Last night, 50 Latin American and British activists joined together to mount a highly visual performance-protest during the British Museum’s ‘Day of the Dead’ festival. The evening event was co-sponsored by BP and the Mexican government, and campaigners accuse the museum of playing host to a ‘deadly partnership’ which is covering up a host of human rights and environmental abuses.

Six sinister characters, with deathly “Day of the Dead” painted faces, played the roles of BP and the Mexican government, striking dirty deals and stamping out dissent. Meanwhile, other performers created a “living shrine” to celebrate the communities fighting back against destructive oil projects and state repression in Mexico.




The performance was repeated around the museum, and at one point a group of campaigners invaded the Museum’s official stage with banners criticising BP and the Mexican government. The invasion received loud cheers and applause from the audience and visible support from the official performers, who laid one of the group’s banners out on the stage before it was removed by museum staff. Museum security were eventually forced to allow the rebel performance to happen beside the stage in its own agreed time slot, without interruption from the sound system or the scheduled entertainment.

The performers remained in the Museum until closing time, with the deathly BP characters roaming the space and interacting with Museum visitors. Campaigners distributed 1,000 flyers and found overwhelming support from the public.

The evening-long protest-performance aimed to embarrass BP as it attempts to sell itself to Mexican officials and the public. It was co-organised by the London Mexico Solidarity and BP or not BP? [1] and highlighted BP’s environmental destruction, human rights abuses and lobbying against climate action. It also accused the Mexican government of trying to distract attention from human rights abuses – including the disappearance a year ago of 43 students – and of co-opting arts and culture to attract foreign investors to its newly-privatised oil and gas sector.




A member of London Mexico Solidarity who took part in the performance said, “Tonight we exposed the reality of the dirty relationship between BP, the Mexican Government and the British Museum. We stood in solidarity with the many thousands of people in Mexico who are fighting back against destructive oil and gas projects and state repression.”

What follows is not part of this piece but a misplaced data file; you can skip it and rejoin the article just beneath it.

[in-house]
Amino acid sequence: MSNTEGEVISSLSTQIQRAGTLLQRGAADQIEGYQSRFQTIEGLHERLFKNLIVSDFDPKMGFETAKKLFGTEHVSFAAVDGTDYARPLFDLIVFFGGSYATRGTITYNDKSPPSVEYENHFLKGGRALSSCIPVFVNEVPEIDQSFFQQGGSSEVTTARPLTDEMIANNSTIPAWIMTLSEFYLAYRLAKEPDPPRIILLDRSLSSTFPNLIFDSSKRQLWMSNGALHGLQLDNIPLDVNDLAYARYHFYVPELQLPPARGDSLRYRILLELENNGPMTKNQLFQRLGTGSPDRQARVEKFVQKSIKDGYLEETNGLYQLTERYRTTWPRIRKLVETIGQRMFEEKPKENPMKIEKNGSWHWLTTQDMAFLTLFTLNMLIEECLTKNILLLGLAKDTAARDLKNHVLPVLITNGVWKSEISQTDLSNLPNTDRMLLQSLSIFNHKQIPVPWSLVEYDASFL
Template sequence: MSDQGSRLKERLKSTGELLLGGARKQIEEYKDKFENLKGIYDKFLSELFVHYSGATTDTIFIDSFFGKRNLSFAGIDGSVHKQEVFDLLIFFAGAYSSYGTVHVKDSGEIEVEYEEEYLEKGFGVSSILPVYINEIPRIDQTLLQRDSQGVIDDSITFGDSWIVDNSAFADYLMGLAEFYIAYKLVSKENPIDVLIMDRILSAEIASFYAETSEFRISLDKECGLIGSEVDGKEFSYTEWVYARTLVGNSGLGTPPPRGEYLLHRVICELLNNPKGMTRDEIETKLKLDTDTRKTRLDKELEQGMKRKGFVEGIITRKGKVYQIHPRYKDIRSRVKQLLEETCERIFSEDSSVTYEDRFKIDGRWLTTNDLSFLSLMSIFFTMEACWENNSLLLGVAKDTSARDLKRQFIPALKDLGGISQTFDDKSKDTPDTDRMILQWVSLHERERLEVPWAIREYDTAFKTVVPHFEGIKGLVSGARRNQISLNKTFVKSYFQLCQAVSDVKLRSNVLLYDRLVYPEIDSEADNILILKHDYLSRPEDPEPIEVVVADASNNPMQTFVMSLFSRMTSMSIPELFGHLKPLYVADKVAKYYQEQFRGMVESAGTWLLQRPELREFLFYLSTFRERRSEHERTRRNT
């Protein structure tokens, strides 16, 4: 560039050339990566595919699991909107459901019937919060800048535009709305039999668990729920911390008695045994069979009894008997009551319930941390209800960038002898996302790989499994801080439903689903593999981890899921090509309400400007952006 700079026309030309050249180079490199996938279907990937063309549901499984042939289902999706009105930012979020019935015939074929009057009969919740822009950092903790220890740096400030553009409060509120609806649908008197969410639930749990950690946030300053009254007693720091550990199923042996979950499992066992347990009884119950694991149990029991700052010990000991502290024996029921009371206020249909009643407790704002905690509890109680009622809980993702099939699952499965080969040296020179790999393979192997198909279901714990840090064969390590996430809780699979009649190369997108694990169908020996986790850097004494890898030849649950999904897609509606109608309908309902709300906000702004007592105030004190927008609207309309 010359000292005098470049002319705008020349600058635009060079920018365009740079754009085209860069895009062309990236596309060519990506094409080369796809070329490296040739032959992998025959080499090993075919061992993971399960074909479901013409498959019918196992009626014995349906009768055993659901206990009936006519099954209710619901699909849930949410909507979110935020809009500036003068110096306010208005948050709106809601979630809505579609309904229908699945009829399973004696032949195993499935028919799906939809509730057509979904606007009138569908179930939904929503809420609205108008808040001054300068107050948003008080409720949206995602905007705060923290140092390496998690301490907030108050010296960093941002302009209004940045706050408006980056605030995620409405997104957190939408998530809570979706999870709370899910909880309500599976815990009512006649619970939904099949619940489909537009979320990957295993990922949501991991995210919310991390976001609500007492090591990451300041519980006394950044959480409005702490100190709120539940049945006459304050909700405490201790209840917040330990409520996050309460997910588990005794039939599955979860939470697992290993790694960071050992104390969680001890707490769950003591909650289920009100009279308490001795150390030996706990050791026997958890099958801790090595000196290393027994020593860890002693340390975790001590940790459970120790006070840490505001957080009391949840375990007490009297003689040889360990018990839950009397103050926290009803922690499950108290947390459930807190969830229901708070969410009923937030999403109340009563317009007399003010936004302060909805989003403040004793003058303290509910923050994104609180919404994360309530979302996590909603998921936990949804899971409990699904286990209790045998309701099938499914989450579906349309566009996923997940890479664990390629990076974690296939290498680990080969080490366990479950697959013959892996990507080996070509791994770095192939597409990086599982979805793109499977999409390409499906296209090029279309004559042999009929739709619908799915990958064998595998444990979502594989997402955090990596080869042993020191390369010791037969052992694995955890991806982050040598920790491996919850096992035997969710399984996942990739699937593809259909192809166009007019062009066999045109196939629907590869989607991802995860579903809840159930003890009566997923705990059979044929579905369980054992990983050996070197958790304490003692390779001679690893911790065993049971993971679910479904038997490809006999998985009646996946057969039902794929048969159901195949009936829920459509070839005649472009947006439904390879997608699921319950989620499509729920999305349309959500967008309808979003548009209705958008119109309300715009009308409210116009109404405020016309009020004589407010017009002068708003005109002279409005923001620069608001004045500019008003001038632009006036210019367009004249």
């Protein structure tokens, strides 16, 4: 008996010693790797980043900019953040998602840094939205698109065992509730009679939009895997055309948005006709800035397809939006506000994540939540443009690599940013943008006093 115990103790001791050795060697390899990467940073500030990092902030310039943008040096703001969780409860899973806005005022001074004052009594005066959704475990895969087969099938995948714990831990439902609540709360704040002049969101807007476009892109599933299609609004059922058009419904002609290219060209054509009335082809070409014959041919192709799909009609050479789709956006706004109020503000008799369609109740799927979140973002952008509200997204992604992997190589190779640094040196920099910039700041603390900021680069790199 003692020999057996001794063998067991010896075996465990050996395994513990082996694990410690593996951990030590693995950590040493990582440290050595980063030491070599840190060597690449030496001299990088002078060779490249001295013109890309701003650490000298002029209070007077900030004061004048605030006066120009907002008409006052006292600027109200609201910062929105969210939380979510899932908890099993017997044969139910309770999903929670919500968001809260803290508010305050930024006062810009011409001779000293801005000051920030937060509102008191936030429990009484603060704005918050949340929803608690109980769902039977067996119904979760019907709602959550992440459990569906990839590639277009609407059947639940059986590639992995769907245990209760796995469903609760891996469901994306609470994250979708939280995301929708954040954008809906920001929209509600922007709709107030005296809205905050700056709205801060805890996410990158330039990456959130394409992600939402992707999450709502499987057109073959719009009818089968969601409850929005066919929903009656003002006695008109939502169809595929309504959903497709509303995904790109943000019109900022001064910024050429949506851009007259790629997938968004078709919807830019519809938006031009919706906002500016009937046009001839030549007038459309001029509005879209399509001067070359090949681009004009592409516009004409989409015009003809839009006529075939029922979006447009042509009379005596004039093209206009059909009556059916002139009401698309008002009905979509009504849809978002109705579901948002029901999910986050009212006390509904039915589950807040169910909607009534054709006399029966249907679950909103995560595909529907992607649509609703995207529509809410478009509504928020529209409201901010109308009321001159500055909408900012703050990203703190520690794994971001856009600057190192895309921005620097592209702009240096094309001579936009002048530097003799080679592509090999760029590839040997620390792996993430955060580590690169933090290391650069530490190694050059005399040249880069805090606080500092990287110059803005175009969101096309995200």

Jess Worth of BP or not BP? said, “The audience response to our stage invasion should leave the Museum in no doubt that BP is a deeply unpopular sponsor, and the Mexican government partnership is problematic, given its track record on human rights. It’s time the Museum listened to its visitors and ditched these dodgy partnerships.”

The British Museum event – part of a four-day Days of the Dead celebration – is part of the Dual Year of UK and Mexico 2015, ‘a year-long celebration of cultural, educational and business exchange’ between the two nations.




BP is currently trying to dramatically increase its access to Mexico’s oil and gas [2], in particular more deepwater wells in the Gulf of Mexico, despite the catastrophic Deepwater Horizon disaster which has polluted Mexico’s waters and coastline. As Mexico recovers from Hurricane Patricia – the strongest hurricane ever recorded – the country is also already feeling the effects of climate change caused by burning fossil fuels.

The British Museum is coming under increasing pressure over its 5-year sponsorship deal with BP. It is due to decide whether to renew the deal over the next few months, and protest performances regularly disrupt the museum.

London-Mexico Solidarity, BP or not BP?Movimiento Jaguar Despierto – MJDLondon Palestine Action

#MXUK2015 #UKMX2015




Celebrating the dead while silencing the living

BP and the Mexican Government sponsor the Day of the Dead